PKS Announcement at VMworld 2017 – Pivotal Container Service

VMworld always has lots of new announcements about various VMware products and initiatives. VMworld 2017 is no different. This morning we had the announcement of PKS, the Pivotal Container Service. Yes, that is a K instead of a C in the acronym – this is to highlight the fact that this container service is using Kubernetes. Using a feature called BOSH from Pivotal, customers can provision Kubernetes onto their on-premises vSphere deployments (including VCF – VMware Cloud Foundation). This provisioning capability has its own project name – “Kubo”. Kubo is a joint project between Google and Pivotal which allows for the creation of Kubernetes clusters on multiple different platforms/cloud.

I guess the first thing to make clear is that this has no reliance on a full-blown Pivotal Cloud Foundry (PCF) here. We are only using the BOSH feature. While BOSH is an essential part of Cloud Foundry, there is no requirement for vSphere customers to have a full-blown PCF to use BOSH to create and manage Kubernetes clusters on vSphere. PKS will ship as a standalone product, and will integrate with a customer’s vSphere infrastructure. [Update] After attending a breakout session on PKS at VMworld 2017, we were informed that PKS will be provided as an OVA for deployment.

The objective of PKS, if it is not immediately clear, is to make the deployment of Kubernetes on vSphere as simple as possible for IT, where their developers have an expressed desire to work with containers.

So lets recap once more what is in PKS:

  • Kubo – Kubernetes provisioned via BOSH
  • NSX-T – networking and security for containers
  • GCP Service Broker – to integrate Google Cloud Services into applications
  • vSphere Cloud Provider – to enable persistent storage for stateful applications
  • Harbor – Container Repository which also includes vulnerability checking, and image signing / verification

What should be noted about BOSH is that, alongside the provisioning aspect, it also provides monitoring and self-healing for Kubernetes, making the Kubernetes clusters that it provisions highly available.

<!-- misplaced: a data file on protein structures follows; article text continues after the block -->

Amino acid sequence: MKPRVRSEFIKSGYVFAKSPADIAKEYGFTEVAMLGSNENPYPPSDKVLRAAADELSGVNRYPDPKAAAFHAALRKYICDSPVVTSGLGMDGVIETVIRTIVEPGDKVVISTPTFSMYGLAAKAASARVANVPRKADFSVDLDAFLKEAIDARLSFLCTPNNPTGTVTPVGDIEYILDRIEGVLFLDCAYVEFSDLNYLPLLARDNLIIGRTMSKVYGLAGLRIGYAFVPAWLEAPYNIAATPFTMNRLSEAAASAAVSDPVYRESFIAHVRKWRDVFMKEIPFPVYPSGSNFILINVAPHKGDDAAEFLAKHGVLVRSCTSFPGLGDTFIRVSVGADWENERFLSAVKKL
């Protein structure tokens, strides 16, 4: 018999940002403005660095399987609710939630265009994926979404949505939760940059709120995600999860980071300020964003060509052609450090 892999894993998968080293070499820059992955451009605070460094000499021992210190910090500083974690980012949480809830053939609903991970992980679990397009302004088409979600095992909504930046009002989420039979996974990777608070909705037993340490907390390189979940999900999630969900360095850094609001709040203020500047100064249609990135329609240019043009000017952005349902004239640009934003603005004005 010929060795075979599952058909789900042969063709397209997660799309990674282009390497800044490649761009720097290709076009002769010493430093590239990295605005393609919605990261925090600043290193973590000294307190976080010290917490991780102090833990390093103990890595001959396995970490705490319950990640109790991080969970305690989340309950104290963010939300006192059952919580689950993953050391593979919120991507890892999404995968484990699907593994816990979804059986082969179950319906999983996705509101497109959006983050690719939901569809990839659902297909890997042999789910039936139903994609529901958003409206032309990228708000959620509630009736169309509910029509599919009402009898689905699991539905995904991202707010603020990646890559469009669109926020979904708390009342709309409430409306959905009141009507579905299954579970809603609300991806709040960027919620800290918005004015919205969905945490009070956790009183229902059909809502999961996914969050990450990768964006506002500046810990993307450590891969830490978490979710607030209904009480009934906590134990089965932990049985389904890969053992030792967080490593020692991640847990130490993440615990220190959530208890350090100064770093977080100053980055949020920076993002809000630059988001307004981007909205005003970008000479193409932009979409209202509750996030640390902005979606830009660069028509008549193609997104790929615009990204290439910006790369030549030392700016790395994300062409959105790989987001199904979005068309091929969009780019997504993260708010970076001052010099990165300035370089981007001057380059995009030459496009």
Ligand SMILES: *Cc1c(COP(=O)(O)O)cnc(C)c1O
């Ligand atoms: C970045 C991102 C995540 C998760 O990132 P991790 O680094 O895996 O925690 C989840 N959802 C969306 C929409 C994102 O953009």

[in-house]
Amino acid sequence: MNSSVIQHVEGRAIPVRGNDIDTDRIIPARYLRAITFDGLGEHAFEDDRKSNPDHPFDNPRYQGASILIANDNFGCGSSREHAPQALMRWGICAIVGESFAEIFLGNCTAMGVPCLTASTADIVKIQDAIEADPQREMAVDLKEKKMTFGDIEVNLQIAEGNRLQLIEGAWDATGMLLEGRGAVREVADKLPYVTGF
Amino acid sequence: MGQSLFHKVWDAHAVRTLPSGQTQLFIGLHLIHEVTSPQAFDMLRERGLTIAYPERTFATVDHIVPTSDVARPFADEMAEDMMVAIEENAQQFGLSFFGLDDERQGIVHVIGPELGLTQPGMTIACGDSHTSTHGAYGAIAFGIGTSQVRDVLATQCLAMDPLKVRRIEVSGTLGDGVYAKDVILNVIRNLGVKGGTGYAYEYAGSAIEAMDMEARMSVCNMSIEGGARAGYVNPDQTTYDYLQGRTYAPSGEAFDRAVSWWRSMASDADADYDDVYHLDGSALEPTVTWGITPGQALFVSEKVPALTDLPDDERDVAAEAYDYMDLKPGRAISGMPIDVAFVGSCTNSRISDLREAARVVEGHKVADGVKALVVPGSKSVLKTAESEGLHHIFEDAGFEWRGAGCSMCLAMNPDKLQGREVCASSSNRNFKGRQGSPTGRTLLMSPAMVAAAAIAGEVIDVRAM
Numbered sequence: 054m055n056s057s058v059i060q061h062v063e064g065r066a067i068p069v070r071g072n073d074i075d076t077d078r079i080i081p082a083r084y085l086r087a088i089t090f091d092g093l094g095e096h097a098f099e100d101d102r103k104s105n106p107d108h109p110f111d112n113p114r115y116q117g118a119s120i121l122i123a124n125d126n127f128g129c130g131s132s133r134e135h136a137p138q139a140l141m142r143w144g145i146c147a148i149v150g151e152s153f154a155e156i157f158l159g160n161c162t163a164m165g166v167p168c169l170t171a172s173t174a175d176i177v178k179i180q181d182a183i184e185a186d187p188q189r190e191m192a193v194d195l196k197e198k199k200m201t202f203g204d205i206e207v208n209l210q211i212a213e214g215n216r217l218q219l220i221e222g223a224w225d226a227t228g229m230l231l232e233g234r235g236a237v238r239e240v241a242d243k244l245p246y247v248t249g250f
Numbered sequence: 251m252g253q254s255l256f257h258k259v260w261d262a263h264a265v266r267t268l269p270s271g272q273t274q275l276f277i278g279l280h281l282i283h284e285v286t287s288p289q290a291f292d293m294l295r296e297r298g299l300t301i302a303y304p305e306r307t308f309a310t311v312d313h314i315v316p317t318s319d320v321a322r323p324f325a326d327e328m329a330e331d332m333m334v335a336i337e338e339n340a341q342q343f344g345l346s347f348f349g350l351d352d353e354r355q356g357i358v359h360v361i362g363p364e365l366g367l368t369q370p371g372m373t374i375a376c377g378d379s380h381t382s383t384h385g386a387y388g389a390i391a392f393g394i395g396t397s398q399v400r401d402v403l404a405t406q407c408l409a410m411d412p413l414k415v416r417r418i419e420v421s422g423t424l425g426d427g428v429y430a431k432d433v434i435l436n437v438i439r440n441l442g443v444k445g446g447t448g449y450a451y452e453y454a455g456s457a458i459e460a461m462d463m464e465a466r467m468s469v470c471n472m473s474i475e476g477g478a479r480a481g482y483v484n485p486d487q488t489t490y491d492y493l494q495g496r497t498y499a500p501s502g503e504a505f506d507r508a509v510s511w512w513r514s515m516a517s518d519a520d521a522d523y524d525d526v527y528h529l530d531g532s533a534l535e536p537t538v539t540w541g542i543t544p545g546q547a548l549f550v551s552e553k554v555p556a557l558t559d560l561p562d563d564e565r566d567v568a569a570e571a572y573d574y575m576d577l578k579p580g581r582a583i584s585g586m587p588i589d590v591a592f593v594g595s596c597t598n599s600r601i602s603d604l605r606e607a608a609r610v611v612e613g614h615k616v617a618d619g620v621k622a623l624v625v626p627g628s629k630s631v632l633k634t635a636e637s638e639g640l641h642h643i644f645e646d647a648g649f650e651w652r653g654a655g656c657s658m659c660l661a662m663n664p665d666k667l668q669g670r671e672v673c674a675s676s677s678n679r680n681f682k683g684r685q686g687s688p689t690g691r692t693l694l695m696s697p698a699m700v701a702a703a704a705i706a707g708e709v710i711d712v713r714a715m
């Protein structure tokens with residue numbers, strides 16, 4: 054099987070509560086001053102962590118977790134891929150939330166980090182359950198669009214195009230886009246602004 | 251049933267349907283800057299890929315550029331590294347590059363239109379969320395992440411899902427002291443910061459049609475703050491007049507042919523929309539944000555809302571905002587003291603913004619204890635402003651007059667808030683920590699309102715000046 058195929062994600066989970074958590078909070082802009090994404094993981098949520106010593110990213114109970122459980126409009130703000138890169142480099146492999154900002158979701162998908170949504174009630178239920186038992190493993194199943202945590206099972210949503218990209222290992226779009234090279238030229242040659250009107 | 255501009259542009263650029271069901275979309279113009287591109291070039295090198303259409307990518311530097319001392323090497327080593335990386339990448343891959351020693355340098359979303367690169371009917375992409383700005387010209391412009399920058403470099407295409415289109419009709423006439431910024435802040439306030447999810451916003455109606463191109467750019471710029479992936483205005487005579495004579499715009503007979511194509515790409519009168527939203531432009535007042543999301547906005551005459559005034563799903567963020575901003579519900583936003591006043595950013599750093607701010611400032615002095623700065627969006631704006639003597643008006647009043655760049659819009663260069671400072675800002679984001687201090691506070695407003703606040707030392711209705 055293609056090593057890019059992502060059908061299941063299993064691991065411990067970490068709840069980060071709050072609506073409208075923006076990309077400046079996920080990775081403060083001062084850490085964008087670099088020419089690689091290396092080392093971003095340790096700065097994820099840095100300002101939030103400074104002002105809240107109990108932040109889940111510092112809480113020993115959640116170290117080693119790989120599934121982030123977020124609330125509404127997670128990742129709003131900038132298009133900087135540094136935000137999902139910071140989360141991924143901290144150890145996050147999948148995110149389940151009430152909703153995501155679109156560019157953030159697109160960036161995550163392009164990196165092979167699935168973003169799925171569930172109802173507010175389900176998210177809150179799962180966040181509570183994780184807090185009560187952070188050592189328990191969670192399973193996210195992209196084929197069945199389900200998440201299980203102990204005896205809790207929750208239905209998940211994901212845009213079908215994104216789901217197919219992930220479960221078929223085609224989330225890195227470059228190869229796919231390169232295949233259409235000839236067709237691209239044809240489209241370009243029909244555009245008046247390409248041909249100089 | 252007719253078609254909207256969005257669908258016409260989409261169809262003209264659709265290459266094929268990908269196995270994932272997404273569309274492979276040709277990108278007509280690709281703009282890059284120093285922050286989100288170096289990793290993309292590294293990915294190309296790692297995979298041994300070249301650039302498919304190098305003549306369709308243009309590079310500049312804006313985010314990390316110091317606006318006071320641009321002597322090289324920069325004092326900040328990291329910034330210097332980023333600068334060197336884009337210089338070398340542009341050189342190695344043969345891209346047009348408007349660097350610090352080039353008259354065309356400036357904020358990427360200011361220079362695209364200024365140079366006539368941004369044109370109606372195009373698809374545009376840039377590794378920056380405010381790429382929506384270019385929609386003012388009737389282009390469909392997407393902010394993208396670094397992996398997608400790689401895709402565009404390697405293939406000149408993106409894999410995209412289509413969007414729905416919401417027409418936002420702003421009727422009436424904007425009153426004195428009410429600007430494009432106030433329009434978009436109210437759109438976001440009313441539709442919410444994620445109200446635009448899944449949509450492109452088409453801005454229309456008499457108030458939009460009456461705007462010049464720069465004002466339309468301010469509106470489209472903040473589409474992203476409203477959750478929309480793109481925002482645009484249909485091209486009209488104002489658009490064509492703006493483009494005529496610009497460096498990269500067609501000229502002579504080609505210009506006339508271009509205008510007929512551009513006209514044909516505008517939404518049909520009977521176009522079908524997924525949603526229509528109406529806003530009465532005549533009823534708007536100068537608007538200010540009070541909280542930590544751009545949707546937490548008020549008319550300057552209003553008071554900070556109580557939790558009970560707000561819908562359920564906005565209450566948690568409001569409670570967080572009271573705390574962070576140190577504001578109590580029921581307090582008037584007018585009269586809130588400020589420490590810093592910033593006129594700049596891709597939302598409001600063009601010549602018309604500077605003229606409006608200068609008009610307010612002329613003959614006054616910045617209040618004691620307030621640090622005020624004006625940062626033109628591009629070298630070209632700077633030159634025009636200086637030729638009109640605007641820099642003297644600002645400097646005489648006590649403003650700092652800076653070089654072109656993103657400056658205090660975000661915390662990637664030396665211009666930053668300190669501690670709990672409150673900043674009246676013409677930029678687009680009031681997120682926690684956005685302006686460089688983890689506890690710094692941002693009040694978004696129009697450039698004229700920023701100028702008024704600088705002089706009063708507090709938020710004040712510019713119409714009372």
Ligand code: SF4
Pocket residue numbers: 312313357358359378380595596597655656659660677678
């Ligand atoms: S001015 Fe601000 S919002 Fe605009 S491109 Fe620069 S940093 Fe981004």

Regarding the vSphere Cloud Provider, I’m delighted to see this included in the offering. I know the team have been working on this for some time, and its been available in different guises over the past year. Including this provider will give containers access to persistent vSphere storage (which could be vSAN, traditional SAN storage and/or NAS storage).

However, one of the most compelling parts of this offering is that customers are guaranteed to always have the latest Kubernetes version available to them. PKS will maintain constant compatibility to Google Container Engine (GKE) for the latest Kubernetes releases.

The new offering is expected to become available in calendar Q4 2017. Once I have some hands-on with this offering, and we know how the whole thing will be packaged, I’ll share more details with you.

3 comments
  1. So how does this impact in VIC? and what does this mean for the future of that platform. WHiclst I can see this is somewhat different (but similar). Shoudl I get directing my efforts in VIC or PKS?

    • It doesn’t mean anything for VIC. VIC is still on-going, and customers can continue to use this to deploy “containers as VMs”. There are no changes here.

      PKS is a way to deploy Kubernetes as a set of VMs (master, etcd, workers) on top of vSphere, and do “containers in VMs”.

      So you can look at this as more choice for containers on vSphere.

Leave a Reply